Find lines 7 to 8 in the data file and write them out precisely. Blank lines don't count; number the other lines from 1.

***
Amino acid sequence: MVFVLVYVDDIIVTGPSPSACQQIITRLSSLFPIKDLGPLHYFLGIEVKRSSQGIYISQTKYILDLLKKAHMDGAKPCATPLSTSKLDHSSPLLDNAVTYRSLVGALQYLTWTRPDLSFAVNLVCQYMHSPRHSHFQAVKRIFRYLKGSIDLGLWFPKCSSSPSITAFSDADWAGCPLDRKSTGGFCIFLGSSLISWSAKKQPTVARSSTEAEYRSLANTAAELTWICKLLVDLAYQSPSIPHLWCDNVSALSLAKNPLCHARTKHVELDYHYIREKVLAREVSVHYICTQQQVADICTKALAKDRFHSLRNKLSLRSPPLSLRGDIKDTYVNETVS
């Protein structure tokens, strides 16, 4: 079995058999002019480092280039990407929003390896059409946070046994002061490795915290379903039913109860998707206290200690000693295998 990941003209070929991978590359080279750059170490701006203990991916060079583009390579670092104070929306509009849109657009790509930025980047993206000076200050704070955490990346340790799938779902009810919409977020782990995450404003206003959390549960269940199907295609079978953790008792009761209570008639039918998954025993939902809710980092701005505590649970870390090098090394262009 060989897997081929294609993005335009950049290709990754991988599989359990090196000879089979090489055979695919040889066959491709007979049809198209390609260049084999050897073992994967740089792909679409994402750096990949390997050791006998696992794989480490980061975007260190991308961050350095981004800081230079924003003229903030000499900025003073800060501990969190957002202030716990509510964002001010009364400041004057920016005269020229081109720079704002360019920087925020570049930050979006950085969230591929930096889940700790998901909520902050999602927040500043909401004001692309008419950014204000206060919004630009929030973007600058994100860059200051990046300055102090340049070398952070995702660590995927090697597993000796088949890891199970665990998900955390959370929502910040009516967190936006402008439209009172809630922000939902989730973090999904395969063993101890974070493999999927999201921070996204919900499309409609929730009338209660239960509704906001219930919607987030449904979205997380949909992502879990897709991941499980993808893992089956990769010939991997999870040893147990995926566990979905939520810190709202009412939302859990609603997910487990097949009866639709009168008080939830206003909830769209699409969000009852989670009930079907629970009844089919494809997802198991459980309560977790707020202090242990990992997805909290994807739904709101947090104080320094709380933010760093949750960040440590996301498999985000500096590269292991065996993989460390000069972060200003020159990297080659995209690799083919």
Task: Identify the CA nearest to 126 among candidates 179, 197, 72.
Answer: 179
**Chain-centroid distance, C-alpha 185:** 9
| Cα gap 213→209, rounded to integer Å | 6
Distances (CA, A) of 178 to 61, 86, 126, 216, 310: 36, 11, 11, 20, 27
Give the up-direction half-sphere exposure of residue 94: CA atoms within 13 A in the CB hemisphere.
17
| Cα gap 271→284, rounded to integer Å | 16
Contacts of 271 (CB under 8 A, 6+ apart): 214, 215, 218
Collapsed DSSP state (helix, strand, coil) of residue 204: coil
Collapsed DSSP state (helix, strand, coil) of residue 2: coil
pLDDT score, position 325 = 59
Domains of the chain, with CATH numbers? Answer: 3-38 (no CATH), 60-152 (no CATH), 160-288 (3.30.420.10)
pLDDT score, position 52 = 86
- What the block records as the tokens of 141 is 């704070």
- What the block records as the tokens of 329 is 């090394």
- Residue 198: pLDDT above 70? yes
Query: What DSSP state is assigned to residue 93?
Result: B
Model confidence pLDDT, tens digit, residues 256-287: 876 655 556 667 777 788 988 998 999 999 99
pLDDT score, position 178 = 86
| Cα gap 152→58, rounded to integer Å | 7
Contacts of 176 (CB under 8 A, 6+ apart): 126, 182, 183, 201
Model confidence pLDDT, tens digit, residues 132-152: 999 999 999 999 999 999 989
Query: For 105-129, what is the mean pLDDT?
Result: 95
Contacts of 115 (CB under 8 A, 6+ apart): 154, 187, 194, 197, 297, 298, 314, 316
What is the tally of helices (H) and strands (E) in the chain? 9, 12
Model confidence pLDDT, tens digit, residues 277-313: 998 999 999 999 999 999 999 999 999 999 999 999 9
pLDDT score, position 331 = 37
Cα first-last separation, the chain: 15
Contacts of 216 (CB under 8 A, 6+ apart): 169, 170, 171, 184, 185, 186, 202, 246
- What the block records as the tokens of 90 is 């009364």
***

Distances (CA, A) of 178 to 61, 86, 126, 216, 310: 36, 11, 11, 20, 27
Give the up-direction half-sphere exposure of residue 94: CA atoms within 13 A in the CB hemisphere.